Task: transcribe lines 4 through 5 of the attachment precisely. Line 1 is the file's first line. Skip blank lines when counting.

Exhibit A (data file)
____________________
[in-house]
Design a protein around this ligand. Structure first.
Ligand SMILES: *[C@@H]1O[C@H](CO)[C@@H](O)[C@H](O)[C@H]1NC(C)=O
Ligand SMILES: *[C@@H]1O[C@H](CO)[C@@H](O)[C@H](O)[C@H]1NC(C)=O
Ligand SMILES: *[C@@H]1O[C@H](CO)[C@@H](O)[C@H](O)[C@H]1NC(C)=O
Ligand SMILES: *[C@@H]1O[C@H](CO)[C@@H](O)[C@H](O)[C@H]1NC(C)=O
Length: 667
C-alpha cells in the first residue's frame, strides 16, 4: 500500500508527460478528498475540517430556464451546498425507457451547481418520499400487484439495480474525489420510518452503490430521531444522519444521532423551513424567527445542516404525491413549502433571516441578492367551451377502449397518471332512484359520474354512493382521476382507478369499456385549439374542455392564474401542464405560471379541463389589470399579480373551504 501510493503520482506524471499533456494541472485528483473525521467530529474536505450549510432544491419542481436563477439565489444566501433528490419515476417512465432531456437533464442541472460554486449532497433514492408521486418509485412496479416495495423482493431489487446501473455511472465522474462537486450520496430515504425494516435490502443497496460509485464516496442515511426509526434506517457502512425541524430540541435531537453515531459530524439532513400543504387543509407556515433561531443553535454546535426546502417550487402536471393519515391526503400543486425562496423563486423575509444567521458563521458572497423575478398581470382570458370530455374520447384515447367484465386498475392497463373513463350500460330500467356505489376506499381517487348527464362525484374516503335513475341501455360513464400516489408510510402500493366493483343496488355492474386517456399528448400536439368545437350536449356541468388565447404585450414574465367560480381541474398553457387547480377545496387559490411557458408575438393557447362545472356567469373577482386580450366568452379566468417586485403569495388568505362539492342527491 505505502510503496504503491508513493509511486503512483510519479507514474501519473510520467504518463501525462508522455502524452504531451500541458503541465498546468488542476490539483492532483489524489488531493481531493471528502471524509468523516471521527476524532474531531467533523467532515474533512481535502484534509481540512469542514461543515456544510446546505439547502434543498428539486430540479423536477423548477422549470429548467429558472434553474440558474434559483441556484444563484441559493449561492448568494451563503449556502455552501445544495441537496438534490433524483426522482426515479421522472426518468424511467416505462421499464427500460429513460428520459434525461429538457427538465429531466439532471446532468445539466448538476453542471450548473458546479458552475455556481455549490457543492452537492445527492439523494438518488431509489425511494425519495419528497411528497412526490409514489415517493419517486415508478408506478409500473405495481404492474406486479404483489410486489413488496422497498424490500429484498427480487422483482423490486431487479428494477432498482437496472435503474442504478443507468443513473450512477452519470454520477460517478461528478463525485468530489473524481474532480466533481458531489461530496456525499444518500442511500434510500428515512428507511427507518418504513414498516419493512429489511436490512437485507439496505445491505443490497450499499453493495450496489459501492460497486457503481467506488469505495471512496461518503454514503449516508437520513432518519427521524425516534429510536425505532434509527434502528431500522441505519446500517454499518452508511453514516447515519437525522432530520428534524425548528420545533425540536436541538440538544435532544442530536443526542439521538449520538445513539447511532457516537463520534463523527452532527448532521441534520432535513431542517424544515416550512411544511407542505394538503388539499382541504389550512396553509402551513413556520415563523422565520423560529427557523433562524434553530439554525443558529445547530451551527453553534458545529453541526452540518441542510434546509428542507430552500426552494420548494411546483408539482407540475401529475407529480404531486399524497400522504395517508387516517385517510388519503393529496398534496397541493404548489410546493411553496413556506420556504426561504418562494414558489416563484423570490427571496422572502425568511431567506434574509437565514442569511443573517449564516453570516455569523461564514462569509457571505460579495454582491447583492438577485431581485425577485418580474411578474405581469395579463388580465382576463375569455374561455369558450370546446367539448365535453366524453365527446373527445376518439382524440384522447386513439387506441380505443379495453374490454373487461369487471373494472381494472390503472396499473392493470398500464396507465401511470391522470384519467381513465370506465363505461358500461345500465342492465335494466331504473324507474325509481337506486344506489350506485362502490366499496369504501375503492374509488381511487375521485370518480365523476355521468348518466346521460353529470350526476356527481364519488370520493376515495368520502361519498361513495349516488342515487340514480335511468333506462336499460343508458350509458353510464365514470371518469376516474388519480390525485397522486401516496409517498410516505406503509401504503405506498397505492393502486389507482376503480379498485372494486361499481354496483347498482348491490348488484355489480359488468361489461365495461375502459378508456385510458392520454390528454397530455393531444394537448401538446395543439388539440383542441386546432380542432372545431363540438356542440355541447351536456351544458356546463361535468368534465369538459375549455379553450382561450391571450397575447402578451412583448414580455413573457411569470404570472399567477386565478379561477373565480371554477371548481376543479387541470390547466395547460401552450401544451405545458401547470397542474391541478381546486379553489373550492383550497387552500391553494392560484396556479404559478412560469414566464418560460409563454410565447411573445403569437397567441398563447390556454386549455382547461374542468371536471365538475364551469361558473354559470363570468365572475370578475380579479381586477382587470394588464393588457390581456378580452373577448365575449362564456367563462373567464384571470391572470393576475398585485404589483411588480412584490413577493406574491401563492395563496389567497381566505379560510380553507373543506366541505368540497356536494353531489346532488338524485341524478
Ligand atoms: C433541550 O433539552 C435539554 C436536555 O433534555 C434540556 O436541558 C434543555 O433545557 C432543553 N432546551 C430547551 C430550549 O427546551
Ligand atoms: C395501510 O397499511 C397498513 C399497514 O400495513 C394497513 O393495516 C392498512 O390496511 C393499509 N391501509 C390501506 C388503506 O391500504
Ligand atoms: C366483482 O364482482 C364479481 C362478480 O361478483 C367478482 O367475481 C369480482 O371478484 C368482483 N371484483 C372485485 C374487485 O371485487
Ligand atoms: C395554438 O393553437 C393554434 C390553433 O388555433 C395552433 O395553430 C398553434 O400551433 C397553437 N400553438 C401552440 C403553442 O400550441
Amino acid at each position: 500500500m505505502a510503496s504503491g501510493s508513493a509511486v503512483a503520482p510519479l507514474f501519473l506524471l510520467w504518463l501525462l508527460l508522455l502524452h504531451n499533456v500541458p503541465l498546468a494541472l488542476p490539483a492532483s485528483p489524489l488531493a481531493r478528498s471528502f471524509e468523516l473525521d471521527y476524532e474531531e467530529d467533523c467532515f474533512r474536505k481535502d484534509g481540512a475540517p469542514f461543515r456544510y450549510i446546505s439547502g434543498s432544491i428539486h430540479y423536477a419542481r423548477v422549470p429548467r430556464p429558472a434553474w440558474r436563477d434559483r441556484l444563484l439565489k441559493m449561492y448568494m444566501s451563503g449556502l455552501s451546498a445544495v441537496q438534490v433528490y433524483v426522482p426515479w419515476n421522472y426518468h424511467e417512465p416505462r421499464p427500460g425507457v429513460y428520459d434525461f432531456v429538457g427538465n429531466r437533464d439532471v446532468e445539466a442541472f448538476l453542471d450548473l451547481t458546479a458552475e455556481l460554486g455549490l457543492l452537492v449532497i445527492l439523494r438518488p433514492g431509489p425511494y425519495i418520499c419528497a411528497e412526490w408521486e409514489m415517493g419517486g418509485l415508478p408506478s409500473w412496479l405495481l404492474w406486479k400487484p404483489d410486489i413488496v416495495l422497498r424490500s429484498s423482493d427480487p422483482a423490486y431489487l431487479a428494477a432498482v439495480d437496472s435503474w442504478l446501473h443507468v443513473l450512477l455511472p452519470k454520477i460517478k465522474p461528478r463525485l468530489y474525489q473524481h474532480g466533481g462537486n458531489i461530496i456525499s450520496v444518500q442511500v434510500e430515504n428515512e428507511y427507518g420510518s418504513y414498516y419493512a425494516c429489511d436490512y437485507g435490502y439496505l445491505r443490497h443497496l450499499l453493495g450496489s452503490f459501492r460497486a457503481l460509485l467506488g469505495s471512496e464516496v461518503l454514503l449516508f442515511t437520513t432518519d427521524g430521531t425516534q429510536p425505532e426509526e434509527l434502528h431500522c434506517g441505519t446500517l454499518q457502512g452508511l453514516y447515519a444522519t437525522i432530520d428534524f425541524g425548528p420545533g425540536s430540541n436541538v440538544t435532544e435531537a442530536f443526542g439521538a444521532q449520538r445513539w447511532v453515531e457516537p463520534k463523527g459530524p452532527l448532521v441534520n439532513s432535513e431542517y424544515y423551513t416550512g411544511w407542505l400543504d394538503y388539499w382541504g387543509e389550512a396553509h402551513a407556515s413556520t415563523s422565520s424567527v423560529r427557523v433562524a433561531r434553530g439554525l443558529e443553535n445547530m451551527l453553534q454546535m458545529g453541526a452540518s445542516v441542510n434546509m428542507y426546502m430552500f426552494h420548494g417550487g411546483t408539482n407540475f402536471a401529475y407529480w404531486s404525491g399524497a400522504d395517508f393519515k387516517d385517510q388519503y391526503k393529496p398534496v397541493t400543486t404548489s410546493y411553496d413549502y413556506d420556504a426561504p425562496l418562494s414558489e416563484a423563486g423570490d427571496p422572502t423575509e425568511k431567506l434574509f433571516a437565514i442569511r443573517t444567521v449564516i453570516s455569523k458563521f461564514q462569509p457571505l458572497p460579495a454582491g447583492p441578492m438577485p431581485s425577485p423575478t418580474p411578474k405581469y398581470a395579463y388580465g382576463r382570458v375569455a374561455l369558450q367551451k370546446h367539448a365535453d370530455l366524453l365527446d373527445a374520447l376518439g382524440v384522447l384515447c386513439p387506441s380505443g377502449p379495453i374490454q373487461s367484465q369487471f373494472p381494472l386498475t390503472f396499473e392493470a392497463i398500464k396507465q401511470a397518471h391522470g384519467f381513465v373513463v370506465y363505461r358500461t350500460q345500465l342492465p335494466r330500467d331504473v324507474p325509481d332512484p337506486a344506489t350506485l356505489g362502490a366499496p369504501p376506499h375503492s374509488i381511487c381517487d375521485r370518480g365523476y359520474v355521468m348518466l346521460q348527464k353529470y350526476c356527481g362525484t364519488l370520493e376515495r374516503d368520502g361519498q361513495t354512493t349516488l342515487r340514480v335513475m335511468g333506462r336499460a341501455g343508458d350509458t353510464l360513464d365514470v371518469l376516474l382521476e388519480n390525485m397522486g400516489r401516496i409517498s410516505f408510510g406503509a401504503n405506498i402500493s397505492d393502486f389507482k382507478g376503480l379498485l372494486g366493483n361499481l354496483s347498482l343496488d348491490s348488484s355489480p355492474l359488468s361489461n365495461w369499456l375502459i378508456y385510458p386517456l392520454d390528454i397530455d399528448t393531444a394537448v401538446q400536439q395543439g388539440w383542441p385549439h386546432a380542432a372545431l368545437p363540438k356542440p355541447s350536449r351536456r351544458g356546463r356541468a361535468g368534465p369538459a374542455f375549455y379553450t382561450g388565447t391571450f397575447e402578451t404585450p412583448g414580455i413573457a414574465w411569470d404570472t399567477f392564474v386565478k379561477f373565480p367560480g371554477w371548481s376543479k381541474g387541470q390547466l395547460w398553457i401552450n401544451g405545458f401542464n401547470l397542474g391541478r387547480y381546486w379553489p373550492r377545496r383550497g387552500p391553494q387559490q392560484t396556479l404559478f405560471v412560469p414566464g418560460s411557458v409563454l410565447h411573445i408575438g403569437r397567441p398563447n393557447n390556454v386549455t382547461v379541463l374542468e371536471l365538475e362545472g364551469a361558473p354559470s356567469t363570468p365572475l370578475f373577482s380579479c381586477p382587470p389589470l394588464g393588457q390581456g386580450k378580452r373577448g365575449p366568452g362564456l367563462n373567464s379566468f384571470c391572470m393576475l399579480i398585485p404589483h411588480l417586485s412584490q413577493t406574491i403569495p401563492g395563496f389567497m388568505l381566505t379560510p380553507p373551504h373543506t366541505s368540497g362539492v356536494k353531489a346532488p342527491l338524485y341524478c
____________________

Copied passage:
Ligand SMILES: *[C@@H]1O[C@H](CO)[C@@H](O)[C@H](O)[C@H]1NC(C)=O
Ligand SMILES: *[C@@H]1O[C@H](CO)[C@@H](O)[C@H](O)[C@H]1NC(C)=O